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“It’s basically a race up the mountain,” says Simon Hotchkin, head of sustainability at Taylors of Harrogate, which buys leaves from this part of Kenya for its Yorkshire Tea blend.
Recent climate change modelling by the brand shows that the traditional rainy seasons could become more unpredictable, more sporadic and less defined by 2030.
“The areas where tea is currently suitable to grow become much less suitable in the future,” he explains.
“What’s happened is that the ‘window of suitability’ drives it further and further up the mountain.
More than half of Britain’s tea is grown in Kenya, with 62,000 tons imported to the UK in 2017.
That’s 165 million cups a day – the equivalent of 20 Olympic swimming pools.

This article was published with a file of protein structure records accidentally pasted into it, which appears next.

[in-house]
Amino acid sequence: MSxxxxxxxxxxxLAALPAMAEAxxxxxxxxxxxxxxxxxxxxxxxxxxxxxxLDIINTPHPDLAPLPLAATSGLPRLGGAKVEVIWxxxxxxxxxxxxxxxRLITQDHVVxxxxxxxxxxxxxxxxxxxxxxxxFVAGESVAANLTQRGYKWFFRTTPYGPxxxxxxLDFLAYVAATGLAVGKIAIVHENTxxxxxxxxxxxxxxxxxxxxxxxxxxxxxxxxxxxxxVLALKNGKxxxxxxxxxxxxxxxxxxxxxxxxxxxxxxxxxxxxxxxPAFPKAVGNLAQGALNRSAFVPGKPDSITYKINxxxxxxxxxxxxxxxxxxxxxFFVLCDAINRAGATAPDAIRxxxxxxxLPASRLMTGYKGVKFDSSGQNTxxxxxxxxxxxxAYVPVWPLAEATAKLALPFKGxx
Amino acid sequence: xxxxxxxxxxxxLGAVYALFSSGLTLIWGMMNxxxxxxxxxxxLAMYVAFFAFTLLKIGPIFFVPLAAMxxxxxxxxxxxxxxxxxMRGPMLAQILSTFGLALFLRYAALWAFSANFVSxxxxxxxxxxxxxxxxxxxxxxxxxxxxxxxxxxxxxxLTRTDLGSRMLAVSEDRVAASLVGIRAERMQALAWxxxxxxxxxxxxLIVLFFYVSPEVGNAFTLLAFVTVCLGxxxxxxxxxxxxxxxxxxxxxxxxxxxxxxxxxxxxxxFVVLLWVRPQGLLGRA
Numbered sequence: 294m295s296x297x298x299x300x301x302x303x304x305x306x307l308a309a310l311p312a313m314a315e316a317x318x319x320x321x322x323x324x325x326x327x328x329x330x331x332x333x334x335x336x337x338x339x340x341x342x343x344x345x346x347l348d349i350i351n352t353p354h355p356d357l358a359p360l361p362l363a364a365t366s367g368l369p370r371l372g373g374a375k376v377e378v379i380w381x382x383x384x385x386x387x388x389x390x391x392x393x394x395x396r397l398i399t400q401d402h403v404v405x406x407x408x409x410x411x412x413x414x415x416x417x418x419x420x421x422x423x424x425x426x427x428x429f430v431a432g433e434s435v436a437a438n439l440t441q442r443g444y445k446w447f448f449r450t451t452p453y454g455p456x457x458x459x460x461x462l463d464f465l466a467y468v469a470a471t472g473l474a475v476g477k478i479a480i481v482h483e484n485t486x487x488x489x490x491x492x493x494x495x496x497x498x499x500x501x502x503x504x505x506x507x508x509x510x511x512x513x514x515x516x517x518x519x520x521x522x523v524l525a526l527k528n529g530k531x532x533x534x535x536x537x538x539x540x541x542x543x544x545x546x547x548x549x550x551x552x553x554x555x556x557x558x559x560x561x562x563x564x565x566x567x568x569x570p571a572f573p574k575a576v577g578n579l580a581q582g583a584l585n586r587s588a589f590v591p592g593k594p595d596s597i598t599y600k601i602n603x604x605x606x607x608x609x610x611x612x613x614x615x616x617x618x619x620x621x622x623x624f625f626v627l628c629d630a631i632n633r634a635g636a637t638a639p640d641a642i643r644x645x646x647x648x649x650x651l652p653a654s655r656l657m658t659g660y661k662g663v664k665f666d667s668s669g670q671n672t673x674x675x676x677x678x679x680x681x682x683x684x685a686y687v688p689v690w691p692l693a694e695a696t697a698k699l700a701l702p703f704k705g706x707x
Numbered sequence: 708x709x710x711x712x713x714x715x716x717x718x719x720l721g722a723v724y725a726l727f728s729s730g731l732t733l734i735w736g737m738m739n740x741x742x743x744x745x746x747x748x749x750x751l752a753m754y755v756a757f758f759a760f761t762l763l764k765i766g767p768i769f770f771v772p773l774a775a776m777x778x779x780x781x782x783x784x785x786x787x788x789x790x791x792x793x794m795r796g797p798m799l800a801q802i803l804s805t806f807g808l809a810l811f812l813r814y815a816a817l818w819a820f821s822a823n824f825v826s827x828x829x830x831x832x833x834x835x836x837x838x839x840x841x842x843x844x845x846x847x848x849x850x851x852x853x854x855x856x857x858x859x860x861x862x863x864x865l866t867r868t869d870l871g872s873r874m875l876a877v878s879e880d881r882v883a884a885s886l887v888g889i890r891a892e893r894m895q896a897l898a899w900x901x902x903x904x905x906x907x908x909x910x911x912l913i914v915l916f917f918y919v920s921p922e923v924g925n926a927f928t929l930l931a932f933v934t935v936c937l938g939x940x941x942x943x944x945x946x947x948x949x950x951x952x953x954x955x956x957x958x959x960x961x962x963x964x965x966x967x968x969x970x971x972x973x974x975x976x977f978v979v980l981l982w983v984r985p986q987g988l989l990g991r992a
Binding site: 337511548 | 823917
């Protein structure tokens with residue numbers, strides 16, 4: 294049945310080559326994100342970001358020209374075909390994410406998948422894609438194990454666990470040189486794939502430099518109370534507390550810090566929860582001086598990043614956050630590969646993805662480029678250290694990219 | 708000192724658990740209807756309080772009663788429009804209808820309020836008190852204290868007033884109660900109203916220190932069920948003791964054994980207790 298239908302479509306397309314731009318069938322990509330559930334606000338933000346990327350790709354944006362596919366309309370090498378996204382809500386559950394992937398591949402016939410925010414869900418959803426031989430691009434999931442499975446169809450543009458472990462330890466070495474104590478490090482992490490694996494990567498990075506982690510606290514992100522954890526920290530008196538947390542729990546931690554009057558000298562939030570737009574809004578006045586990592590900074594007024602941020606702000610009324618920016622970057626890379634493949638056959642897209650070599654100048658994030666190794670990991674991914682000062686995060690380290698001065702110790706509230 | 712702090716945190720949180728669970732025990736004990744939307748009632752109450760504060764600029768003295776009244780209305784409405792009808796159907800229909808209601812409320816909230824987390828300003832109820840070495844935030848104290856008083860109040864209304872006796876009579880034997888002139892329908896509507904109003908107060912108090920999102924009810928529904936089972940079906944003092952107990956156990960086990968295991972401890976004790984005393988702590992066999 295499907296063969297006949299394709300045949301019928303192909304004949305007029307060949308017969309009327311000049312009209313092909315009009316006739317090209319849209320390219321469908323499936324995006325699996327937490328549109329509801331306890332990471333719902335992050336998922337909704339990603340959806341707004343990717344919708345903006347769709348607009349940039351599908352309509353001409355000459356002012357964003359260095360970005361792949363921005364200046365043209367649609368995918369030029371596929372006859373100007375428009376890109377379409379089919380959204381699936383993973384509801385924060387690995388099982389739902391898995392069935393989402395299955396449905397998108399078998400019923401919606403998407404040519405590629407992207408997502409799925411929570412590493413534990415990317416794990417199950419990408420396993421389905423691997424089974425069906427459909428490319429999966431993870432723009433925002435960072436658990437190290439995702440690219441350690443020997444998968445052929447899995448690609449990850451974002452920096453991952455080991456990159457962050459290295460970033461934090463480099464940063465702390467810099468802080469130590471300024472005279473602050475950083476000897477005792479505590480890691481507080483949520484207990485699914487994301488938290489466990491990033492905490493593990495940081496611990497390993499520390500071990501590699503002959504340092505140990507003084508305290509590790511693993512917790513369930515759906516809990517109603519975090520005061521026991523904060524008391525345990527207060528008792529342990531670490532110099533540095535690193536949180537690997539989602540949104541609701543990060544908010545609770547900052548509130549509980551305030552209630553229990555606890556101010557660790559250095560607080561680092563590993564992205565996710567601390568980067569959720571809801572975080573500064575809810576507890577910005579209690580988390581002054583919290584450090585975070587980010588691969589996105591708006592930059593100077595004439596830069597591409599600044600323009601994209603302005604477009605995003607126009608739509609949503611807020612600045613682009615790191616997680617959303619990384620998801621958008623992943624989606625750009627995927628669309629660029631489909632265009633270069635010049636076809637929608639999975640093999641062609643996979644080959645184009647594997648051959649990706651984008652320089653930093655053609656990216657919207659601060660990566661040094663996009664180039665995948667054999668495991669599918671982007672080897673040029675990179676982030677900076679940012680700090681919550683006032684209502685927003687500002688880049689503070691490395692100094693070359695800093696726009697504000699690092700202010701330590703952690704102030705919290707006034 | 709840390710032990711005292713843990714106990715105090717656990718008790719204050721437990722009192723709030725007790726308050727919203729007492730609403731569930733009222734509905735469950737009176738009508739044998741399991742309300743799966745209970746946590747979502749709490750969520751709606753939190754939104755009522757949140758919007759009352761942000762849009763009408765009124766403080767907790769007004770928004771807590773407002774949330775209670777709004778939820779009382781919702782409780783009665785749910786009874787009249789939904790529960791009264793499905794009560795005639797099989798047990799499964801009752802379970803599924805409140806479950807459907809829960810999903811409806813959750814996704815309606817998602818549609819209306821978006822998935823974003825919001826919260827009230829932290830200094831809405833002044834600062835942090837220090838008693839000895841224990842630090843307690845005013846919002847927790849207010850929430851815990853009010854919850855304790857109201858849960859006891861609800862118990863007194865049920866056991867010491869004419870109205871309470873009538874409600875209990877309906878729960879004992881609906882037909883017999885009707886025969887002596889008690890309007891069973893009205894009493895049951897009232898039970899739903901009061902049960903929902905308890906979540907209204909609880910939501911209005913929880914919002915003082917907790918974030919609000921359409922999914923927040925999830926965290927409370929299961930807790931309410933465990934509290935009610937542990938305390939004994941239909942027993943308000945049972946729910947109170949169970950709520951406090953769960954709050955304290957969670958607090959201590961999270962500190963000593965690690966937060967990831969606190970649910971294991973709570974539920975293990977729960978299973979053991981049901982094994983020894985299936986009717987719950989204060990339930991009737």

Planting trees and reducing deforestation also protects the quality of the land that the farmers rely on for growing tea and the other crops they depend on for produce.
Patrick Kimathi, 52, from Kianjogu, another (farm) owner with the project, has been planting banana trees for as long as he has been farming.
More importantly, the trees are helping Kenya combat climate change, which poses a real challenge to the tea-growing industry there.For tea-obsessed Brits, this could amount to a 40 per cent bump in the price of English Breakfast.For smallholder farmers growing leaves for the blend on Mount Kenya, the cost is far greater Five years ago, Mimuga started planting trees.The tea pickers have come back from the fields and they are all crying,” says Festus Mugambi Mimuga.Looking out from his farm in the lowlands of Mount Kenya, around 2,000m up, you’d be forgiven for thinking this is not a place touched by drought.
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“This is only the third day of rain [this season],” he says, “but we are very worried because there isn’t so much water.